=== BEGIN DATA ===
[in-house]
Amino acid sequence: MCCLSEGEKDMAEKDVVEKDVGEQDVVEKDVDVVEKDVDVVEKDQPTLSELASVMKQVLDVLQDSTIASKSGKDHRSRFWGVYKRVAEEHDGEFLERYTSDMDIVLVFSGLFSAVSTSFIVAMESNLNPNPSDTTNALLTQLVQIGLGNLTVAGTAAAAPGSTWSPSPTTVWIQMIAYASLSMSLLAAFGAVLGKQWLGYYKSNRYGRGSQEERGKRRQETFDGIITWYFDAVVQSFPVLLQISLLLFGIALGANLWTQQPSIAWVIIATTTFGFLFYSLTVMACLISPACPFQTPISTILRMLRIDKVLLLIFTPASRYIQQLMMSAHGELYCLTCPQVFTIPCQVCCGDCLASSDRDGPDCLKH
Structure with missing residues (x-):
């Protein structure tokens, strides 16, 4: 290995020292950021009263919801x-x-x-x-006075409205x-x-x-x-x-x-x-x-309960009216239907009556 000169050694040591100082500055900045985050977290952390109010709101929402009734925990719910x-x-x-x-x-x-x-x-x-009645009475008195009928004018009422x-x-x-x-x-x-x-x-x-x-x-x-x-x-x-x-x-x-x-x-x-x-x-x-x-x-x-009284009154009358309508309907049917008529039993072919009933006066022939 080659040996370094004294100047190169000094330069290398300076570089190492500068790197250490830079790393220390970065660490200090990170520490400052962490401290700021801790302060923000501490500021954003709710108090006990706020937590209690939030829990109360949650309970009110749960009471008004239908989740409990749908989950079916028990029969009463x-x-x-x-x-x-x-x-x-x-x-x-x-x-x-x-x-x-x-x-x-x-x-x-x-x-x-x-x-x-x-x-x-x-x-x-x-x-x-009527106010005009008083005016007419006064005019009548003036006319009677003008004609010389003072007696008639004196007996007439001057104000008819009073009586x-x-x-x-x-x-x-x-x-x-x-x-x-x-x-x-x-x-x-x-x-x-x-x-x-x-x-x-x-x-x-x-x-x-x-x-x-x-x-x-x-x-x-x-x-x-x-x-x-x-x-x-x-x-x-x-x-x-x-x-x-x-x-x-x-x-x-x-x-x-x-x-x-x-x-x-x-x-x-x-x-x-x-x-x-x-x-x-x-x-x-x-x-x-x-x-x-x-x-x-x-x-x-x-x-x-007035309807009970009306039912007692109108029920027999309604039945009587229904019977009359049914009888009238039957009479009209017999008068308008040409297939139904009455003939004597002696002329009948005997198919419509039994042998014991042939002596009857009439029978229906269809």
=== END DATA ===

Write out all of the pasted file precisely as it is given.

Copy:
[in-house]
Amino acid sequence: MCCLSEGEKDMAEKDVVEKDVGEQDVVEKDVDVVEKDVDVVEKDQPTLSELASVMKQVLDVLQDSTIASKSGKDHRSRFWGVYKRVAEEHDGEFLERYTSDMDIVLVFSGLFSAVSTSFIVAMESNLNPNPSDTTNALLTQLVQIGLGNLTVAGTAAAAPGSTWSPSPTTVWIQMIAYASLSMSLLAAFGAVLGKQWLGYYKSNRYGRGSQEERGKRRQETFDGIITWYFDAVVQSFPVLLQISLLLFGIALGANLWTQQPSIAWVIIATTTFGFLFYSLTVMACLISPACPFQTPISTILRMLRIDKVLLLIFTPASRYIQQLMMSAHGELYCLTCPQVFTIPCQVCCGDCLASSDRDGPDCLKH
Structure with missing residues (x-):
């Protein structure tokens, strides 16, 4: 290995020292950021009263919801x-x-x-x-006075409205x-x-x-x-x-x-x-x-309960009216239907009556 000169050694040591100082500055900045985050977290952390109010709101929402009734925990719910x-x-x-x-x-x-x-x-x-009645009475008195009928004018009422x-x-x-x-x-x-x-x-x-x-x-x-x-x-x-x-x-x-x-x-x-x-x-x-x-x-x-009284009154009358309508309907049917008529039993072919009933006066022939 080659040996370094004294100047190169000094330069290398300076570089190492500068790197250490830079790393220390970065660490200090990170520490400052962490401290700021801790302060923000501490500021954003709710108090006990706020937590209690939030829990109360949650309970009110749960009471008004239908989740409990749908989950079916028990029969009463x-x-x-x-x-x-x-x-x-x-x-x-x-x-x-x-x-x-x-x-x-x-x-x-x-x-x-x-x-x-x-x-x-x-x-x-x-x-x-009527106010005009008083005016007419006064005019009548003036006319009677003008004609010389003072007696008639004196007996007439001057104000008819009073009586x-x-x-x-x-x-x-x-x-x-x-x-x-x-x-x-x-x-x-x-x-x-x-x-x-x-x-x-x-x-x-x-x-x-x-x-x-x-x-x-x-x-x-x-x-x-x-x-x-x-x-x-x-x-x-x-x-x-x-x-x-x-x-x-x-x-x-x-x-x-x-x-x-x-x-x-x-x-x-x-x-x-x-x-x-x-x-x-x-x-x-x-x-x-x-x-x-x-x-x-x-x-x-x-x-x-007035309807009970009306039912007692109108029920027999309604039945009587229904019977009359049914009888009238039957009479009209017999008068308008040409297939139904009455003939004597002696002329009948005997198919419509039994042998014991042939002596009857009439029978229906269809």